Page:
Planning Your Digital Estate…Part II

Last post, I wrote about digital estate planning and you can read it more here. The question I raised is that there has to be a solution.  And there is partially one but there is not a full proof one.

You could simply have a slip of paper listing all your information and store it in your house somewhere readily available. That doesn’t sound completely safe.

One practical solution is to keep a list of passwords and similar information on a flash drive or stored on your computer somewhere but name the file something unique – i.e., not “passwords.”  Of course,  informing a person you trust about the file is important or no one will ever find it. Or you could put the flash drive in a safety deposit box making sure someone knows where it is. However, many providers require periodic updating of your password. That means a trip to the bank every time you update a password. That does not seem practical.

Another possibility is to create a power of attorney. That might grant access to email accounts but would not be a complete solution. The Power of Attorney might not trump every provider’s policy.

Where there is a demand for services, new companies will appear to meet those demands including several commercial providers to address this very issue. One commercial service, Legacy Locker, acts like a safe deposit box for your log-ins, account information, etc. Legacy Locker also provides personalized instructions to survivors as to how you want your online identity handled. As this market develops, I would guess more commercial services will open. As I have never used any of these services, I cannot vouch for them personally, but they are options to consider.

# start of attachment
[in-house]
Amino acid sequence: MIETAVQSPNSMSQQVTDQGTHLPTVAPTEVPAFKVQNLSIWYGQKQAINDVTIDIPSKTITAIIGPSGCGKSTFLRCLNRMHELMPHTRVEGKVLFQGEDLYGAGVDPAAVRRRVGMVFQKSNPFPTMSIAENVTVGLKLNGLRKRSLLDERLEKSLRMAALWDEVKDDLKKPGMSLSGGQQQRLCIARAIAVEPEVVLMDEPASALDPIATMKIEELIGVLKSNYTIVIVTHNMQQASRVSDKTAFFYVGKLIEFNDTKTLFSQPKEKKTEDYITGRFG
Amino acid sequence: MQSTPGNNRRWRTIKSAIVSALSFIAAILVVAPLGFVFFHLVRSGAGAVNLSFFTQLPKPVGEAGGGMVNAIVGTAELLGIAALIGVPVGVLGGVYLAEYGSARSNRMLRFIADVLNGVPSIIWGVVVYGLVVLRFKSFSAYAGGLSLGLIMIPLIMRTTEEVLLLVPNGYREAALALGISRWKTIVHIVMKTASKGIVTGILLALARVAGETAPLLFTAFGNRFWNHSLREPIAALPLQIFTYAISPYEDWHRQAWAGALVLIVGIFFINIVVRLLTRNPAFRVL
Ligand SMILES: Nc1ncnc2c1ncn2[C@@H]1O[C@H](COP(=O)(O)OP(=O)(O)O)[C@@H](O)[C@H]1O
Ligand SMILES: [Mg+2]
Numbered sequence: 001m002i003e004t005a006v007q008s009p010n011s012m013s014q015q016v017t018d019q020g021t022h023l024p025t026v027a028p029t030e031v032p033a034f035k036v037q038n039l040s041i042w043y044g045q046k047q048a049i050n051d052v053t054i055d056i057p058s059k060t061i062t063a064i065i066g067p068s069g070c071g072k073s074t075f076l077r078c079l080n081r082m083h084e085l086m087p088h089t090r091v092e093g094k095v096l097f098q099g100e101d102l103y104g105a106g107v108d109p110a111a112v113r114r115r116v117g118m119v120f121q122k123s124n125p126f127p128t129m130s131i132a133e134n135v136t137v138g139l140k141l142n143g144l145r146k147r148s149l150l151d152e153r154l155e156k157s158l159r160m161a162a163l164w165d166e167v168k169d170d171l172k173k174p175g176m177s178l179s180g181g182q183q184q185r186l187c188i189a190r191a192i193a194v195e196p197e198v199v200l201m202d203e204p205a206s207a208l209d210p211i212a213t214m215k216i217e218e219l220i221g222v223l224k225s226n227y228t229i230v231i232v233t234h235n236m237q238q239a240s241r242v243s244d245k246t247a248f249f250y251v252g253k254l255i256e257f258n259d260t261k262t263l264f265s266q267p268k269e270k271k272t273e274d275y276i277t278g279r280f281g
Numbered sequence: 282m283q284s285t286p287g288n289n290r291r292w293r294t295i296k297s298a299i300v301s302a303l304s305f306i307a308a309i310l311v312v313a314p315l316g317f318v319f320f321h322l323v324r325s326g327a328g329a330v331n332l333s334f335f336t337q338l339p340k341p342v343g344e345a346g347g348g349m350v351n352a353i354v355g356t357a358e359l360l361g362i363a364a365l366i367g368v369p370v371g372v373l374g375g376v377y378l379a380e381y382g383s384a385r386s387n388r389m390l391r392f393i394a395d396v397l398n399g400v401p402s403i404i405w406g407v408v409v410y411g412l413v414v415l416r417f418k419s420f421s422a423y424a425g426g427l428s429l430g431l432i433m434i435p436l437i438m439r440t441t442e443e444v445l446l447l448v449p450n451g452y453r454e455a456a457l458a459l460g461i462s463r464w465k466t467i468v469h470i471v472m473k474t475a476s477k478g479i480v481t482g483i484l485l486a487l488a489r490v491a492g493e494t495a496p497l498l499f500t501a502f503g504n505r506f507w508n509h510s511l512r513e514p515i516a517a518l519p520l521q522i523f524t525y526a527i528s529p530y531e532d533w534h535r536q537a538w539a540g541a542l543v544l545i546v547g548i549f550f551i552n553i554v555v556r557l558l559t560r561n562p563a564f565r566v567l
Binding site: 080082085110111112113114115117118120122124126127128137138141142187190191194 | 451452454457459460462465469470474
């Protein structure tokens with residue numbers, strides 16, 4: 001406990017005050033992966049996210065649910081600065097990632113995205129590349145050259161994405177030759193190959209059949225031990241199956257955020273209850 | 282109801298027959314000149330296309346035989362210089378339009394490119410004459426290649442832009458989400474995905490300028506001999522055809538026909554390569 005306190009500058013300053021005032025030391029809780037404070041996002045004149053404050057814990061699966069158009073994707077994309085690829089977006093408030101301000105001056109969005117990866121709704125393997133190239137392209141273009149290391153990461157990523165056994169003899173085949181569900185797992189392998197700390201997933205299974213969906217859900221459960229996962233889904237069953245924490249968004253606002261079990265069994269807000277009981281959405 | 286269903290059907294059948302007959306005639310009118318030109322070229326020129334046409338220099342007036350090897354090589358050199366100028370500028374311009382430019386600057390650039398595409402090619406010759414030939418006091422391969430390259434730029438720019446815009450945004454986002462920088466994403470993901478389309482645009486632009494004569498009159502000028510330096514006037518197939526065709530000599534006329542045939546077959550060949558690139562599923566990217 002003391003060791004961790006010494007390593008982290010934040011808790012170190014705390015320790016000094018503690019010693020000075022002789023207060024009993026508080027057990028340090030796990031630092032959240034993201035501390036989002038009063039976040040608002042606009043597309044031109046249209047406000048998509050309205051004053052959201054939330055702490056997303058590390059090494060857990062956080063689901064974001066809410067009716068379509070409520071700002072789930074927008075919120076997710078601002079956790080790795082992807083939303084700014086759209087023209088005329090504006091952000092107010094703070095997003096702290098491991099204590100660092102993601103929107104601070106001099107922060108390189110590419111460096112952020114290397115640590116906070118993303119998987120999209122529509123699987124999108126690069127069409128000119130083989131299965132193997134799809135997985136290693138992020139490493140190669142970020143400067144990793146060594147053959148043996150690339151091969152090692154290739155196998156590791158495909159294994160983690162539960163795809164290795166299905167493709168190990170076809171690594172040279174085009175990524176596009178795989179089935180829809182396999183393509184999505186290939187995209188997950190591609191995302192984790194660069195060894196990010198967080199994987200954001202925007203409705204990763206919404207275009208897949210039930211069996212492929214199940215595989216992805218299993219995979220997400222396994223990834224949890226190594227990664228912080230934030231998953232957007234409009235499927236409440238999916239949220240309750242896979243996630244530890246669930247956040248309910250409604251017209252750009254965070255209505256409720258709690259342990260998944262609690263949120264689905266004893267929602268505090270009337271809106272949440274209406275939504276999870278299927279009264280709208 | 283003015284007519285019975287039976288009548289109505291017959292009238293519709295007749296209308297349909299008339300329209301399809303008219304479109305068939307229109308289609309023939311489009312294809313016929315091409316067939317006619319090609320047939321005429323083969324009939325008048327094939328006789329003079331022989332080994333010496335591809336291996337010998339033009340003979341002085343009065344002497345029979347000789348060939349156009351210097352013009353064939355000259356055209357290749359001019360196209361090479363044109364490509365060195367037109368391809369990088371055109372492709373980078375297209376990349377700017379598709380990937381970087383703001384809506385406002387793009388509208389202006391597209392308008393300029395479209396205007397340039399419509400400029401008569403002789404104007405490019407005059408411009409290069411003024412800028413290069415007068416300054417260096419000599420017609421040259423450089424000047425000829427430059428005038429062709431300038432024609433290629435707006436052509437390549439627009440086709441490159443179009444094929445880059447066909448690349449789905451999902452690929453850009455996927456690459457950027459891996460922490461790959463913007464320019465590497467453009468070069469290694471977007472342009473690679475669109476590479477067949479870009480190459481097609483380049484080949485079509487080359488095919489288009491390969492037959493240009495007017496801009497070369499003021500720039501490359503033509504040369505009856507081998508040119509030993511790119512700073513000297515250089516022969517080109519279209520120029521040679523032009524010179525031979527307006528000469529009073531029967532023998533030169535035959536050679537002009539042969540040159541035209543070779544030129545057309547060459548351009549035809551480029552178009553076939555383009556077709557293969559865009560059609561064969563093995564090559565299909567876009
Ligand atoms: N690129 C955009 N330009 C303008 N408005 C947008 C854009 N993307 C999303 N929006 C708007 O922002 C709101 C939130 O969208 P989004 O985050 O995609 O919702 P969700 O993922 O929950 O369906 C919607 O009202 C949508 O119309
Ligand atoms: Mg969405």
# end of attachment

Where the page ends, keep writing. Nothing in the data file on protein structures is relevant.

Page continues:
Even better news is that some states have started to recognize the need to plan a person’s digital estate. For example, on November 1, 2010, estate executors or administrators in Oklahoma will have the power to access, administer or terminate the online social media accounts of the deceased, according to a new state law. No cases have been brought to determine how the state law works within the confines of a provider’s service agreement, but it is a start.

With estate planning, most people think about creating a will or trust or protecting their home and do not think about their virtual life. As our lives have become intertwined with technology, the need to plan an “electronic” estate has grown such that ignoring your virtual life can trigger estate issues down the road.


About Chris Guest

I am a trust and estate planning attorney working in the Washington, DC metro area. I offer comprehensive estate planning, trust administration, probate services and general business counseling for accountants, attorneys, business owners, consultants, federal and local government employees, retirees, other business professionals and other individuals.
This entry was posted in Digital Assets, Digital Estate Planning, Estate Planning. Bookmark the permalink.

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